Webinar cycle in Hydrogeology and geochemistry

EACH THURSDAY (free of charge)

live in: https://meet.google.com/snb-qdkn-eex   

 

HYDROGEOLOGY GROUP

(Associated Unit CSIC-UPC, Barcelona)

 

Next webinar: Thursday, 13 May, 2021

Starting time: 12:15 (Central European Time)

Duration: 1h

 

 

 

This week’s Guest Speaker : Max G. Giannetta (IDAEA, CSIC)


Títle:
Natural Attenuation of heavy metals via secondary hydrozincite
precipitation in an abandoned Pb-Zn mine in the Aran Valley, Spain

Abstract:
The Aran Valley has a long history of mining activities (~1740-1950).
Many of the abandoned mining sites such as tunnels and processing
facilities have not been properly reclaimed. Further, these sites can
often be characterized by elevated levels of heavy metals due to the
dissolution of left-over ore material. This in turn, may pose an
environmental risk to the adjacent ecosystem.
The Victoria Mine in the Aran Valley was active until 1950. The
underground mine targeted sphalerite (ZnS) while limestone is present in
abundance. Today the relict tunnels and shafts are exposed to air and
flowing water provoking oxidative dissolution and contemporary microbial
activity alongside secondary precipitation of minerals. Surface waters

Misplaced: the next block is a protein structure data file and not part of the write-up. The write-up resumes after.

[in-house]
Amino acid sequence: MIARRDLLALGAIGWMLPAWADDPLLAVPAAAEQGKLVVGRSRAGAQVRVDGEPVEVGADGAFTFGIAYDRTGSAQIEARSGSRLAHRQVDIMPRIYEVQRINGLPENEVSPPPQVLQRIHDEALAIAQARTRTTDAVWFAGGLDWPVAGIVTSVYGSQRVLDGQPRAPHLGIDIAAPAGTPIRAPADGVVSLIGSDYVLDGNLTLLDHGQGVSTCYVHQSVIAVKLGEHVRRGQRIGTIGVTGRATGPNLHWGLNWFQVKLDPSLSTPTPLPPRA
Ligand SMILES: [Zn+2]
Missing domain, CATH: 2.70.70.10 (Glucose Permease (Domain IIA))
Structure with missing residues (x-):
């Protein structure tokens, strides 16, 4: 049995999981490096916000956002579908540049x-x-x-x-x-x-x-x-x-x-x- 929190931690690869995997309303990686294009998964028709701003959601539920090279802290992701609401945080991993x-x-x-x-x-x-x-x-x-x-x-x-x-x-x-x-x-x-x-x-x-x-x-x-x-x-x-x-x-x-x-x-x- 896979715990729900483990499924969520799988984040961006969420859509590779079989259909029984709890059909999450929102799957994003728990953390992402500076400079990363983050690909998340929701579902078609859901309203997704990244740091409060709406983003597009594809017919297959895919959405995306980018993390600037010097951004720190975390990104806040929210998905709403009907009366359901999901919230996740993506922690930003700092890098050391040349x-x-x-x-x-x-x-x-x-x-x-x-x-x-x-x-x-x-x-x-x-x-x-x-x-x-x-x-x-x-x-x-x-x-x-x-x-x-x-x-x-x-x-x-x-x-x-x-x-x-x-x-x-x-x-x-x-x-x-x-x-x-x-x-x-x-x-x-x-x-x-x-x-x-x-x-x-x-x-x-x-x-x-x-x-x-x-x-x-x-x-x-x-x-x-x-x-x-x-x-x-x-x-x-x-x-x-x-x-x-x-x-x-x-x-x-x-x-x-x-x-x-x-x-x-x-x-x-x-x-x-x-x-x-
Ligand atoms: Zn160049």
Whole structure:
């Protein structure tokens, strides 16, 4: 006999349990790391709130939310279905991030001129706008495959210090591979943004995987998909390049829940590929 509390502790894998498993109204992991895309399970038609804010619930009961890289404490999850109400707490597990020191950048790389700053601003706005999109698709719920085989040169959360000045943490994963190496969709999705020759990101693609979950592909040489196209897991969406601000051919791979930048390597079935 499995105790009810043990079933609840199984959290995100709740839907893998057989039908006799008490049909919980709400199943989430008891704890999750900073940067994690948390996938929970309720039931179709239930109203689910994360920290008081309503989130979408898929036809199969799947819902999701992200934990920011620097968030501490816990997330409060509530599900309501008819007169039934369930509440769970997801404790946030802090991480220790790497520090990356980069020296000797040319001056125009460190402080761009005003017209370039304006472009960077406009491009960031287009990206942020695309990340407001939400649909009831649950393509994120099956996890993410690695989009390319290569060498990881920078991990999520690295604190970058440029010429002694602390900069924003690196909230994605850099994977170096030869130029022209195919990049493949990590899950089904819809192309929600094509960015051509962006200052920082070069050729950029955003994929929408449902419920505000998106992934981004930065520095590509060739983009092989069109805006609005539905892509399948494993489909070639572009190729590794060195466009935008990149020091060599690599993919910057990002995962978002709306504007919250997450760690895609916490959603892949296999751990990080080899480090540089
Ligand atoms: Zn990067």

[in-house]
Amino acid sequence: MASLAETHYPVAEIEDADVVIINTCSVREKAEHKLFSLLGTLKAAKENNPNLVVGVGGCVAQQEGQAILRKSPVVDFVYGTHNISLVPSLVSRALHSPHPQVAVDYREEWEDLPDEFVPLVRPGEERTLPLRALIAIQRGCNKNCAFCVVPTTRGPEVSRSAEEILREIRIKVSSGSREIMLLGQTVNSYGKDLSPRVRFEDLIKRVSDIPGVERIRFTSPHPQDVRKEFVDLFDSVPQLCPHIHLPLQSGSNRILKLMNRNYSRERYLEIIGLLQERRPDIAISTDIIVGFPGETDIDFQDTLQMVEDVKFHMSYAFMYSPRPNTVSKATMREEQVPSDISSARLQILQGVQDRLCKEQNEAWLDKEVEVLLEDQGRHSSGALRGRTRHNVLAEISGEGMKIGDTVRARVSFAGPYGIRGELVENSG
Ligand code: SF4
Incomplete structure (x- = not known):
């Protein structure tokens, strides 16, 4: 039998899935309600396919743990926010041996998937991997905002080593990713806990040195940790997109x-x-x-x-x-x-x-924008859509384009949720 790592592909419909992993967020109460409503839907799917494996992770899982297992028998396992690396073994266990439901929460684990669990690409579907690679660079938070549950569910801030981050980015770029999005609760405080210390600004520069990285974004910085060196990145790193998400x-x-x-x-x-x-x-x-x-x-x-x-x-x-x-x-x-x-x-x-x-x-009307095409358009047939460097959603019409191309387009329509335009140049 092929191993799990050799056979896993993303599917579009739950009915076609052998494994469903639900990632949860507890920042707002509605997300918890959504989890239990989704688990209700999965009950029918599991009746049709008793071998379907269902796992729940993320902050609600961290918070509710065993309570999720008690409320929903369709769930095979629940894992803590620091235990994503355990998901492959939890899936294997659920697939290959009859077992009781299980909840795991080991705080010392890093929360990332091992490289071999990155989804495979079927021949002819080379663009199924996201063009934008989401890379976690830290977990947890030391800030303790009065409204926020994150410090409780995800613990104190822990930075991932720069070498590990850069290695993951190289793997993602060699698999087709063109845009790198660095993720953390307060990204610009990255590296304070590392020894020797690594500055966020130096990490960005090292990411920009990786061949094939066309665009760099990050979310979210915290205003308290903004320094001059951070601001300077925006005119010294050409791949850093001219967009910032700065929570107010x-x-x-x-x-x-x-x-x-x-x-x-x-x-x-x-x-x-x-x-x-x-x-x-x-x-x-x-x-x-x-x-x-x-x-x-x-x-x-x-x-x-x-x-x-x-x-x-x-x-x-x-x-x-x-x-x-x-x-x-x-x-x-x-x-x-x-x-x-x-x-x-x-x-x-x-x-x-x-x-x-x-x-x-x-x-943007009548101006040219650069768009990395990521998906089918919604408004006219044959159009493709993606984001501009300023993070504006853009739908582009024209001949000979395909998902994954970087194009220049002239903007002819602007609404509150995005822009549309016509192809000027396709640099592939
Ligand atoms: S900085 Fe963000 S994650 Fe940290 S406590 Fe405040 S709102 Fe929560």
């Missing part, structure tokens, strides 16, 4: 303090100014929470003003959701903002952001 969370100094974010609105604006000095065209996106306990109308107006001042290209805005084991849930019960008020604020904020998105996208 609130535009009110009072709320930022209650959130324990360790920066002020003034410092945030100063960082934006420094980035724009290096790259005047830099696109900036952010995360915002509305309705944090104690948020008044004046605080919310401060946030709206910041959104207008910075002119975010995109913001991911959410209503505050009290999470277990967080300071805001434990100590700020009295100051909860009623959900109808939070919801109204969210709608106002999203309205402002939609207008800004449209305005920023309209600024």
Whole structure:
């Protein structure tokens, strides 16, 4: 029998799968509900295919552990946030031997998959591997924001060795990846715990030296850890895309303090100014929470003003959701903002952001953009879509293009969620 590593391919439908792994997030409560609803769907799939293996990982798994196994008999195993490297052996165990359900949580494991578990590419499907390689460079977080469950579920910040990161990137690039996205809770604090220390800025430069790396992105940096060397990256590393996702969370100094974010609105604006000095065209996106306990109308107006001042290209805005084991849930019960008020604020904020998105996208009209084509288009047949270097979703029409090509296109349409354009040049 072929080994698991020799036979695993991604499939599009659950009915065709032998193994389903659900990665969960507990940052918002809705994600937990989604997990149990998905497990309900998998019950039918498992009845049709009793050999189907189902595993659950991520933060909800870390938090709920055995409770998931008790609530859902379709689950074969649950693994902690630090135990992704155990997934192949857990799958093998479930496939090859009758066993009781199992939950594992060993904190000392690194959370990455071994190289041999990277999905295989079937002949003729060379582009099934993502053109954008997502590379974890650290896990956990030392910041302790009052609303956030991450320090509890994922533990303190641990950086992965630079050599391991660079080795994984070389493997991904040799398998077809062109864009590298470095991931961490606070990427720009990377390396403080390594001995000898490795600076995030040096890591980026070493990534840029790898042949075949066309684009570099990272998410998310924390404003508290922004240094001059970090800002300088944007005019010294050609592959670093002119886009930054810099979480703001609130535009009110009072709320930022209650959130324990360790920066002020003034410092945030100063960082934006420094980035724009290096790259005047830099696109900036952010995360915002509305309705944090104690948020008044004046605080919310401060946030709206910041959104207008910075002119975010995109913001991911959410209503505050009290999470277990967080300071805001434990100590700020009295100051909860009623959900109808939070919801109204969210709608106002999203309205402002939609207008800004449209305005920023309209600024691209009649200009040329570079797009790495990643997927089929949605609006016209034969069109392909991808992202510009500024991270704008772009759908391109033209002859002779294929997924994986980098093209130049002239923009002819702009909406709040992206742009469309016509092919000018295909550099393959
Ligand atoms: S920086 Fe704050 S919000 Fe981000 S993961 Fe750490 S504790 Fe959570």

within and below the mine would be considered dangerous if consumed by
humans due to elevated levels of Cd (up to ~28 ppb). The source of
dissolved Cd is almost certainly the solid ZnS, which is abnormally rich
in Cd (upwards of ~5000 ppm).
Biomineralization of hydrozincite has been demonstrated as a naturally
occurring process in the presents of abundant dissolved zinc, carbonate,
and sunlight. However, biomineralization of hydrozincite without
sunlight has yet to be discovered. Further, this mineral can act as a
sink for Cd, therefore understanding the controls of its formation can
be useful for predicting heavy metal availability.
The outflow water of the Victoria Mine poses an environmental risk due
to the elevated concentrations of Cd (27.5 ± 6.5 ppb), however, these
concentrations would be higher if hydrozincite was not forming and
acting as a sink for the cadmium. Biomineralization of hydrozincite by